Could a “re-birthing” experience be the future of weird recreational activities? Or maybe it will be the future of emotional therapy. Either way, Columbian designer Nelson Ayala is counting on someone wanting to experience a simulated birth experience, because that’s just what his Nato Station chair concept would provide.
The experience starts off with a user sitting in this womb-like chair and putting on a helmet. The helmet scans brain waves at the beginning of the simulation and throughout to determine how the experience is affecting the user. The helmet also works to block out most outside stimuli and create a profound feeling of relaxation.
Slowly, the darkness and stillness inside the “womb” gives way to gradually increasing light and sounds. The user can hear sounds comparable to those heard in a mother’s womb: her heartbeat, her intestinal processes, and the muffled sounds of the outside world.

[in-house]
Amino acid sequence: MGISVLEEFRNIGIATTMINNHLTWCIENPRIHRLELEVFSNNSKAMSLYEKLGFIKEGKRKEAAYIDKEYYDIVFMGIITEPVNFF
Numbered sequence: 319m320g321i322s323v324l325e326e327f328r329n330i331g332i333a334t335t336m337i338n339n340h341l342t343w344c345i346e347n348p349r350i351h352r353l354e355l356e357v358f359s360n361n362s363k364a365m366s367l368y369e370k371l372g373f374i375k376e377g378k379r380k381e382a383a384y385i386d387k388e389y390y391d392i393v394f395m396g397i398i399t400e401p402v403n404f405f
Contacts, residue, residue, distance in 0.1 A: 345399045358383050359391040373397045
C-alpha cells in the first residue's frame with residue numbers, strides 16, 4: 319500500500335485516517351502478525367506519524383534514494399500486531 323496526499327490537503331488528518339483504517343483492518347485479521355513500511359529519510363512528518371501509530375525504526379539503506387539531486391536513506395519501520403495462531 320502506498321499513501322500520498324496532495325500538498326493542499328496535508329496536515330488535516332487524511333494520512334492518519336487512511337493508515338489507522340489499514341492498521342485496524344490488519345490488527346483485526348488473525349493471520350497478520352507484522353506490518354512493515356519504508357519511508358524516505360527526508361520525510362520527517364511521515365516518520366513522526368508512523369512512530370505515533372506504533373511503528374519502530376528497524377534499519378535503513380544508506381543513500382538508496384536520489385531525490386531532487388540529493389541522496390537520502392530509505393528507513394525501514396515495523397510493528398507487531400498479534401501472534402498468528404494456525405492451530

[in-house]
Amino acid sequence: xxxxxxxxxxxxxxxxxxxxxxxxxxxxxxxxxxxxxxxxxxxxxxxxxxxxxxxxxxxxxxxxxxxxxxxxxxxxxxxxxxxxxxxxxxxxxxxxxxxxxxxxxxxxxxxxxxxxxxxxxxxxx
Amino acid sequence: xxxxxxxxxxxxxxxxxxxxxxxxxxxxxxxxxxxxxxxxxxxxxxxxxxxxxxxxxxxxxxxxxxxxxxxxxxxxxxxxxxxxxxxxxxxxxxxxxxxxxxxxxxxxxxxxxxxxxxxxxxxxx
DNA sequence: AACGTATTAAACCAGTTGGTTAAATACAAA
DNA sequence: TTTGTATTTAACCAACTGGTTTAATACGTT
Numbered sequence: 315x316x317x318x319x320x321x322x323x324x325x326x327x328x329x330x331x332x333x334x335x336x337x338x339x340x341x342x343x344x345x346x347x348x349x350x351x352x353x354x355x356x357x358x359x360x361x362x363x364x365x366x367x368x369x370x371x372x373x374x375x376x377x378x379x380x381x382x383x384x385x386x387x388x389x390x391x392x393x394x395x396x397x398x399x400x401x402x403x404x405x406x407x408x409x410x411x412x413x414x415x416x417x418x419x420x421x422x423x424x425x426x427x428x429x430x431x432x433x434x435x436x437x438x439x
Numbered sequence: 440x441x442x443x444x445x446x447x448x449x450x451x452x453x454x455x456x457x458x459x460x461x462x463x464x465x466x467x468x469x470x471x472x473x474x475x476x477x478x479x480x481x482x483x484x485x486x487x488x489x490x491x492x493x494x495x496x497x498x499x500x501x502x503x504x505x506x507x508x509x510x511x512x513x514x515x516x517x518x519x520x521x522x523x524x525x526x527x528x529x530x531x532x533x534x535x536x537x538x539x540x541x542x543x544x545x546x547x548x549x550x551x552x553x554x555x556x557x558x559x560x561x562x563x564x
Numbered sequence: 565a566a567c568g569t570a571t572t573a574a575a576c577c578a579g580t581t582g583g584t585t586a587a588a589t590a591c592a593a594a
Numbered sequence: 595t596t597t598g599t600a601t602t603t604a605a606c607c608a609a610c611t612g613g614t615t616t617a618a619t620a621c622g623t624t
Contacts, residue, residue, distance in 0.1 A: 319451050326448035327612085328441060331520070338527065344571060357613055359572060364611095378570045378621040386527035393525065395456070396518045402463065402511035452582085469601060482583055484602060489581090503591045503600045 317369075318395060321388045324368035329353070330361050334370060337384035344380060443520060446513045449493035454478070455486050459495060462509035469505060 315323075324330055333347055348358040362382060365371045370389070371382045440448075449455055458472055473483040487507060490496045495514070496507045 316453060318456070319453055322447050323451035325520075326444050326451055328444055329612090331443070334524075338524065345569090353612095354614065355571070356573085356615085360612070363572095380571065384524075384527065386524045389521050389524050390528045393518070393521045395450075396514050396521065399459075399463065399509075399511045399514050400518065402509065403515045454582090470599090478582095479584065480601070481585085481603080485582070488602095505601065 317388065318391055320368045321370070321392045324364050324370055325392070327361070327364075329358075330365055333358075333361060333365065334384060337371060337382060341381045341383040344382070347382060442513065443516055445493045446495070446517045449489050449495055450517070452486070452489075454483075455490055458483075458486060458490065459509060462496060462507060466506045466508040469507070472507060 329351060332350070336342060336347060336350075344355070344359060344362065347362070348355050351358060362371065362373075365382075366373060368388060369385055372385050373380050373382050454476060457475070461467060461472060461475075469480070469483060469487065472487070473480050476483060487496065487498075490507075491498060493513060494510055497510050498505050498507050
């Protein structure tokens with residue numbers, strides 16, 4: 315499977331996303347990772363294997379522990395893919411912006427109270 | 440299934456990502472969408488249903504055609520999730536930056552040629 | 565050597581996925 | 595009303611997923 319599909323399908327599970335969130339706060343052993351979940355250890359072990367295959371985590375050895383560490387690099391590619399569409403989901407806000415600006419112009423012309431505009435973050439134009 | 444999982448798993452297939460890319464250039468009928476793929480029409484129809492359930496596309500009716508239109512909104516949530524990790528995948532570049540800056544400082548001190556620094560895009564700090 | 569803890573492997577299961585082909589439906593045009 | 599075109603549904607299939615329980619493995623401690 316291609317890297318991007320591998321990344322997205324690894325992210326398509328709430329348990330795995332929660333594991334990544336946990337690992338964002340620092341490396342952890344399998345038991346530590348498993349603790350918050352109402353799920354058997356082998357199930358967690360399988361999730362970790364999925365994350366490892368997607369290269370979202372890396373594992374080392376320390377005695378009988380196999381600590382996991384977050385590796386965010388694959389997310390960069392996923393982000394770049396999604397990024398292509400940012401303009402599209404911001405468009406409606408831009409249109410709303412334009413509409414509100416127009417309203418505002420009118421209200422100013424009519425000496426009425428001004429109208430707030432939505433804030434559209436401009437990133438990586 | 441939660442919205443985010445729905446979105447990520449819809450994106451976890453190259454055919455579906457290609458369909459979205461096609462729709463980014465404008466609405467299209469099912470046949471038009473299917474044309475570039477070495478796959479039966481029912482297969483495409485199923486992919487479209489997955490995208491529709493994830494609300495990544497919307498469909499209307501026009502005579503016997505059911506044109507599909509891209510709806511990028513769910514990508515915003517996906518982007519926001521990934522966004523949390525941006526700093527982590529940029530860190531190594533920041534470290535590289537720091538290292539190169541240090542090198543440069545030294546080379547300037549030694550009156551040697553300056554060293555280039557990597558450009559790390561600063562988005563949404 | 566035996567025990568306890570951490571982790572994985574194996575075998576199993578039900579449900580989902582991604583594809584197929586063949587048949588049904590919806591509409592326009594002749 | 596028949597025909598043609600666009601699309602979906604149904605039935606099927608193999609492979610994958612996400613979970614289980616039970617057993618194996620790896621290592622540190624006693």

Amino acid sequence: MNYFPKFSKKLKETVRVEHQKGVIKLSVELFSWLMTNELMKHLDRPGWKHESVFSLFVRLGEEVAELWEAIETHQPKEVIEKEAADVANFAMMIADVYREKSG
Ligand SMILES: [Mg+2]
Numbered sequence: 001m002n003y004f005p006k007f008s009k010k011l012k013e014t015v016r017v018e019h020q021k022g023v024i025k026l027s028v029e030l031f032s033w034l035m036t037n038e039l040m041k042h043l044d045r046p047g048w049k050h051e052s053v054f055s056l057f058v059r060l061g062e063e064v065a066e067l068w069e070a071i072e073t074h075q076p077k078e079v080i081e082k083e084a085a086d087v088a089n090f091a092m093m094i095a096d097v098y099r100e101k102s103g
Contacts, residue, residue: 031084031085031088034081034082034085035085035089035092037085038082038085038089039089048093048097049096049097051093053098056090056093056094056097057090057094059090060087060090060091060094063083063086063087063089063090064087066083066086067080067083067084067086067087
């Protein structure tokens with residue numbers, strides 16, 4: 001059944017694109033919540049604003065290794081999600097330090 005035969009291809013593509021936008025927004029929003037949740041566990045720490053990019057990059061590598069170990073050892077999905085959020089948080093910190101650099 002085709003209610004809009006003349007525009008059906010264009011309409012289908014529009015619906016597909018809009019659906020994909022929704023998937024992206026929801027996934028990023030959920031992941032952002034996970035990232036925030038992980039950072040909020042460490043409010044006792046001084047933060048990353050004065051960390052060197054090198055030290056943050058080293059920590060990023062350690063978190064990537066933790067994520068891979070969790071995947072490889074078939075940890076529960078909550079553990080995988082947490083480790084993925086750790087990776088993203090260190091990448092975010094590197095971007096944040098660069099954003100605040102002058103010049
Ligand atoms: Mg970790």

The chair is heated to provide the comforting warmth of the womb, and the entire setup moves to mimic the subtle movement felt by a fetus. The user is completely disconnected from the everyday adult world and transported to a simple time before the outside world intruded on profound peace and comfort.
At the end of the simulation, the user is oriented in the typical birth position, making this “second birth” complete. Users who undergo the simulation – if the Nato Station is ever produced – will no doubt come out of it feeling like they have a new lease on life. The designer sees a market for the unusual chair in locations typically associated with stress and sensory overload such as shopping malls and airports.